The first half of the 2017 season has been extremely disappointing for the St. Louis Cardinals and their fans.
But that doesn’t mean that things can’t be turned around.
Mired under the .500 mark and unable to get on a sustained run of good fortune, the Redbirds are still hanging in there in the hunt for the post season. They’re 5 and a half games back of the Milwaukee Brewers in the race for the National League Central Division title. And they’re 7 and a half games behind in the wild card race.
It’s a big hill to climb. But, fortunately, St. Louis has the wind at its back with the easiest remaining schedule of the teams in the NL Central.
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The Cardinals play 10 games in a row against under .500 clubs right out of the gate — although they’re all on the road — with three games at Pittsburgh, four in New York against the Mets and three at Wrigley Field against the Chicago Cubs. You can’t chalk up victories against poor teams when you’re also under .500, so the Birds can’t get ahead of themselves. But if they’re going to make a move, this is a place where they need to prove their worthiness.
You have to start someplace. And, for the Cardinals, that start has to be beginning to win series on a consistent basis. They must bring at least six wins home from that 10-game trip. And it would sure be nice if they could make it seven.
Speaking of something to prove, after the road trip is over, the Cardinals come home to face two of the best teams in the National League with three games against the Colorado Rockies and four against the deep and balanced Arizona Diamondbacks. Those clubs currently have a stranglehold on the two NL wildcard spots and those seven games represent one of St. Louis’ toughest challenges in the second half of the season. If the Birds win six out of 10 on the road they’d reach the .500 mark and winning four out of seven at home against Colorado and Arizona would give St. Louis a modest winning record.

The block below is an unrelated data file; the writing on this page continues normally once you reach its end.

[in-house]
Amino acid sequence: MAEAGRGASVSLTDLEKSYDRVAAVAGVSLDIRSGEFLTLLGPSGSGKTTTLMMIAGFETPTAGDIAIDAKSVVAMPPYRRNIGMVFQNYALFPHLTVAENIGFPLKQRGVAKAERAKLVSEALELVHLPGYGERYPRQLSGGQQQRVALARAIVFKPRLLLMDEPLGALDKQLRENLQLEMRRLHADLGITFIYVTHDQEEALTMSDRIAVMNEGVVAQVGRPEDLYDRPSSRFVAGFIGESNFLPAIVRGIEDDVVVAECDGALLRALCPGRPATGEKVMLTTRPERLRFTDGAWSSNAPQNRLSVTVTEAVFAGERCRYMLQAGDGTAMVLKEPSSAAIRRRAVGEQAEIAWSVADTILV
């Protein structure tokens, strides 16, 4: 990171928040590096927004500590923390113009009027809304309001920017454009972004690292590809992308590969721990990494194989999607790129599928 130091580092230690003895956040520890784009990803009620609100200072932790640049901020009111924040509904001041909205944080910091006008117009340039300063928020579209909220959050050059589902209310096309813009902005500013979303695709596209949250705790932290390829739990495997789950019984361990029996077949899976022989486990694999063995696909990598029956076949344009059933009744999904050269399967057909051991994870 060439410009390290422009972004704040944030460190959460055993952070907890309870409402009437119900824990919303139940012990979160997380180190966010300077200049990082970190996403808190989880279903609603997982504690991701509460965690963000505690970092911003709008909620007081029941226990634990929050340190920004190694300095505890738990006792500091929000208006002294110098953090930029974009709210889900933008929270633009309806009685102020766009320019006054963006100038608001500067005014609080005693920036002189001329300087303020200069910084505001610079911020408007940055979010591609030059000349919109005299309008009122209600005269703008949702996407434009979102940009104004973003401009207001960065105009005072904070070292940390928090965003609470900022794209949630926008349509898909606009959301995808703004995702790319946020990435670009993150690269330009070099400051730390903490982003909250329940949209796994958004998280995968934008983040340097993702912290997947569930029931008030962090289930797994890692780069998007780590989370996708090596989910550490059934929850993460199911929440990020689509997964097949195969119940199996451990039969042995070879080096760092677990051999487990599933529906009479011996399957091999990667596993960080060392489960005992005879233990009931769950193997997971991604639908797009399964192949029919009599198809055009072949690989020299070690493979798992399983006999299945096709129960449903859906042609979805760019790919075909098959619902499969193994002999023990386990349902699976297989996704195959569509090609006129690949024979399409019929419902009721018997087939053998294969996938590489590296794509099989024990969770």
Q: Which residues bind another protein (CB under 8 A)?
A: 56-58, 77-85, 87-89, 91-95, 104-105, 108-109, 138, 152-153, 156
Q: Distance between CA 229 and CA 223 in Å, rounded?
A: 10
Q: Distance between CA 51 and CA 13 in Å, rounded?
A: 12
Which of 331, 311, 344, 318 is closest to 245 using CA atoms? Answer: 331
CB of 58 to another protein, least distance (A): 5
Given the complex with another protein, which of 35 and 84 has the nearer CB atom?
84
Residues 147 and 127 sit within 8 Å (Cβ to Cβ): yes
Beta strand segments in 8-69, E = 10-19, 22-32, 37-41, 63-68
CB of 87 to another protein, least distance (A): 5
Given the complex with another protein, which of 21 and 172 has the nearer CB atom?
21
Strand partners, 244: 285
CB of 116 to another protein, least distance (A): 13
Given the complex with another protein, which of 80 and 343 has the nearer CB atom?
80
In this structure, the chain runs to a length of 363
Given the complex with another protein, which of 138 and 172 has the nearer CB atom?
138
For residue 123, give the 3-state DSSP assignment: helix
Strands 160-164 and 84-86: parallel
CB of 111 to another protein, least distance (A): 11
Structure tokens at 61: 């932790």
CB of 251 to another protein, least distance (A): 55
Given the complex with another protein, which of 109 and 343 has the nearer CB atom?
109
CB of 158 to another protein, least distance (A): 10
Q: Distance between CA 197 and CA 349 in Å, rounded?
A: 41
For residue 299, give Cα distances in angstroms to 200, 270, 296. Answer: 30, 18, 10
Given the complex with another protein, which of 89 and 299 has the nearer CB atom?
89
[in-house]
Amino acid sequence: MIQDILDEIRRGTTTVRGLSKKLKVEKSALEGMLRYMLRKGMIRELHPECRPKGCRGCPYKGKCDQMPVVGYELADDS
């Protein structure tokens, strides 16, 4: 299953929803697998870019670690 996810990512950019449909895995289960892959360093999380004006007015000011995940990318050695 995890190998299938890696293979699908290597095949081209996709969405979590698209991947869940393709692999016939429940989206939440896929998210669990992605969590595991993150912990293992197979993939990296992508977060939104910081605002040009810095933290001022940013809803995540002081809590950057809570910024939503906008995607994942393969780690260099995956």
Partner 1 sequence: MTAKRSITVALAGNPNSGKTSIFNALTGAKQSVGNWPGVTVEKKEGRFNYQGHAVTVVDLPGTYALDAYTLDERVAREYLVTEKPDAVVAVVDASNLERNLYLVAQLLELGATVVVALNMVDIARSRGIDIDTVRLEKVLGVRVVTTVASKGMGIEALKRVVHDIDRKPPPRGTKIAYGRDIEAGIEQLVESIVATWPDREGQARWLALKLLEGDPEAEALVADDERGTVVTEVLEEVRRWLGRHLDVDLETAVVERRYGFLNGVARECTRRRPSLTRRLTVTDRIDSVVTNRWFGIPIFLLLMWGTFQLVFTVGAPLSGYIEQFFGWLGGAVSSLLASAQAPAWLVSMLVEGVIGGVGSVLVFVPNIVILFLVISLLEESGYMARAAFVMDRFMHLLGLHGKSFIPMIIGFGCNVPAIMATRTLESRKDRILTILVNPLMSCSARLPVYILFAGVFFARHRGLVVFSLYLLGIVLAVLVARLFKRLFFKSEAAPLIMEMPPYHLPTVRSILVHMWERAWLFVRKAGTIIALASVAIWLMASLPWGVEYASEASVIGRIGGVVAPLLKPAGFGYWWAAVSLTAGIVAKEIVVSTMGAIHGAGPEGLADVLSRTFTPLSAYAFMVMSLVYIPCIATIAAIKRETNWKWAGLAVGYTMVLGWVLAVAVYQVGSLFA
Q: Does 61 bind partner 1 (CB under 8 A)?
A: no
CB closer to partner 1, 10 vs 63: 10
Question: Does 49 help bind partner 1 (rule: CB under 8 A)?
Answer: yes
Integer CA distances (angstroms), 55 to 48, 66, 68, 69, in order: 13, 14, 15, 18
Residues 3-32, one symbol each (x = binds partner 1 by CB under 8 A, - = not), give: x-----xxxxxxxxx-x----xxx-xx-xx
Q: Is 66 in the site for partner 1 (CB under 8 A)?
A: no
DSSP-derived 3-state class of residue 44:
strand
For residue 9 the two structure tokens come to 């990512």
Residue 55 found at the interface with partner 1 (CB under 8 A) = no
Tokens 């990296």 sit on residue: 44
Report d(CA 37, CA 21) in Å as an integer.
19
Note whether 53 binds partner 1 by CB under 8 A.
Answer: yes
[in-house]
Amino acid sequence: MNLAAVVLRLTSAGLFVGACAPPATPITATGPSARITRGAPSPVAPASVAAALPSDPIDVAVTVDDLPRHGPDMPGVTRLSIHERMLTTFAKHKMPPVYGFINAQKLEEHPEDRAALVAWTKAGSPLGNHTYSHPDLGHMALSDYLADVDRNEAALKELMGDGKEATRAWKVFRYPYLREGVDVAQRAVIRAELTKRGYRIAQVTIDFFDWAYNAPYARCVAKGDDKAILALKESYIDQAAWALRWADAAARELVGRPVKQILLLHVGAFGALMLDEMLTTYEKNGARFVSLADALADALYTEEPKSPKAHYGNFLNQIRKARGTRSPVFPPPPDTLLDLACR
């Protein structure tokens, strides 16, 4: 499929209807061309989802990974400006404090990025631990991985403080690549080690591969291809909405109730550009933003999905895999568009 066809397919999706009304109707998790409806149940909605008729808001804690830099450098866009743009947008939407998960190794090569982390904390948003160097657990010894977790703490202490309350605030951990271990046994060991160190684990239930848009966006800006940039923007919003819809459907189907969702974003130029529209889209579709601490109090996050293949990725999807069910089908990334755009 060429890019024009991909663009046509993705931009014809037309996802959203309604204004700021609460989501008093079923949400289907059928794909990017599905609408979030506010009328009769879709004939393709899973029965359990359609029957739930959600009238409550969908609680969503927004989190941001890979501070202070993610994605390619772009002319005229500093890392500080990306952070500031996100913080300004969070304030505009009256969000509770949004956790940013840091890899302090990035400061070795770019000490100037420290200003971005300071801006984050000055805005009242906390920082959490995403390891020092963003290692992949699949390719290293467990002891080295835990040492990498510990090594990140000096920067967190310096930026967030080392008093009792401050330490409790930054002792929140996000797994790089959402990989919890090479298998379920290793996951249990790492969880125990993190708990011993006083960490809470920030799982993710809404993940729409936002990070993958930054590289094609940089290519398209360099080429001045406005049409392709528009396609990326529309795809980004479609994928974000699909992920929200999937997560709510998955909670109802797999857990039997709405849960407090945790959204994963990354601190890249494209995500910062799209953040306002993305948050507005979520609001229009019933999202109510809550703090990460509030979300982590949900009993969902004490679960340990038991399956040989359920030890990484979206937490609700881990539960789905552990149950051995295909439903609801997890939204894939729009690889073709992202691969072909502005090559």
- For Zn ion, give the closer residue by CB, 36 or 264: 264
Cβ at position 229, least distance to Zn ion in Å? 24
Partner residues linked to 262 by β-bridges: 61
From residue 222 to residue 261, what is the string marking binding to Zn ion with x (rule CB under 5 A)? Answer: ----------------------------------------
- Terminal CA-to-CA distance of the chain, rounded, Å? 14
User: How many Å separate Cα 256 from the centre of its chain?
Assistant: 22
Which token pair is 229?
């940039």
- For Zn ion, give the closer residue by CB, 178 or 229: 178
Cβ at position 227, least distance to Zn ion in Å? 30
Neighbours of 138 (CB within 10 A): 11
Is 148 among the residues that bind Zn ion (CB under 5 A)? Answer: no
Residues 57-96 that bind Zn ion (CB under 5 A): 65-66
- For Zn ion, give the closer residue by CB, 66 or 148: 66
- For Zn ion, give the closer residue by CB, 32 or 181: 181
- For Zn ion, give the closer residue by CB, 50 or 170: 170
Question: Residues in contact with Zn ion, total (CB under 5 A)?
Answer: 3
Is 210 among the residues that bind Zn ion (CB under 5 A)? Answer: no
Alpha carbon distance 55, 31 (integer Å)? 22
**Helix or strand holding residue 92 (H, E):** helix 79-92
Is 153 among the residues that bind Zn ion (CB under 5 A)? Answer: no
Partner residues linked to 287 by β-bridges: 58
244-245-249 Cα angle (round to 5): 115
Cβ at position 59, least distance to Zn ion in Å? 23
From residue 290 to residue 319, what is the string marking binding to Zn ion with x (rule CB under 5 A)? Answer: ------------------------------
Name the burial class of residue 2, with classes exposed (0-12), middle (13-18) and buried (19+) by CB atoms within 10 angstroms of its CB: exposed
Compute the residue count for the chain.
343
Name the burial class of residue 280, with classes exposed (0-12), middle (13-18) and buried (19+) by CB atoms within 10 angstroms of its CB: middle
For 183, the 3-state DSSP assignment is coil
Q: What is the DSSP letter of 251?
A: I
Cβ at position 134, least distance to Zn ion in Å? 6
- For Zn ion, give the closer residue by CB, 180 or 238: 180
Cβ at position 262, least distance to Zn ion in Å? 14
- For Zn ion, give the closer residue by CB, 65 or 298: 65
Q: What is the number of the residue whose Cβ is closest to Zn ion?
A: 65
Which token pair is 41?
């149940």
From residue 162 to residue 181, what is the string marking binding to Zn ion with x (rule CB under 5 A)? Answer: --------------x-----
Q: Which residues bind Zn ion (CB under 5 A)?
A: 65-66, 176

Then it’s showdown time. The Cardinals will head to Milwaukee to kick off the month of August with a pivotal three-game set against the Brew Crew. If Mike Matheny and the boys can win two or three against the NL Central leaders, they’ll face a weak Reds club for three games before a home and away four-game set against the Kansas City Royals, a club that has struggled much of the season but, like the Redbirds, has been trying to claw its way back into the race lately.
If St. Louis can hold its own until this point, the schedule gets decidedly easier.
The Cardinals play three games at home against the sub-.500 Atlanta Braves before two against a pretty good Boston Red Sox team. After that, St. Louis plays four more games against the Pirates followed by three against the (currently 38-50 and in selling mode) San Diego Padres.
The Tampa Bay Rays, with a slightly over .500 record, come to town for a pair of games and then the Birds will face off with Milwaukee for another pair. But, from Aug. 31 through Sept. 28, the Cardinals don’t play a single team that currently has a winning record.
There are three games against the terrible San Francisco Giants and then four in San Diego against the Padres. Then the Cardinals host the Pirates and reds for seven games before going on the road to play the Cubs, Reds and Pirates. The Birds finish at home with four more games against the Cubs and what could be a key season-ending series against the Brewers.
Milwaukee starts its second half with six games against the lowly Philadelphia Phillies and has plenty of games left with the Reds and Pirates. But the Brewers still have to play the NL East top dog, the Washington Nationals and the NL West leaders, the Los Angeles Dodgers, as well as the Rockies and Diamondbacks.
If the Birds can take care of business against the weaker teams and win the head-to-head series with the Brewers, they can still control their own destiny in the playoff hunt.
None of the teams on the schedule are going to surrender just because the Cardinals throw their gloves and bats on the field. But the opportunity is there for St. Louis to have a strong record and make a push for the playoffs in the second half.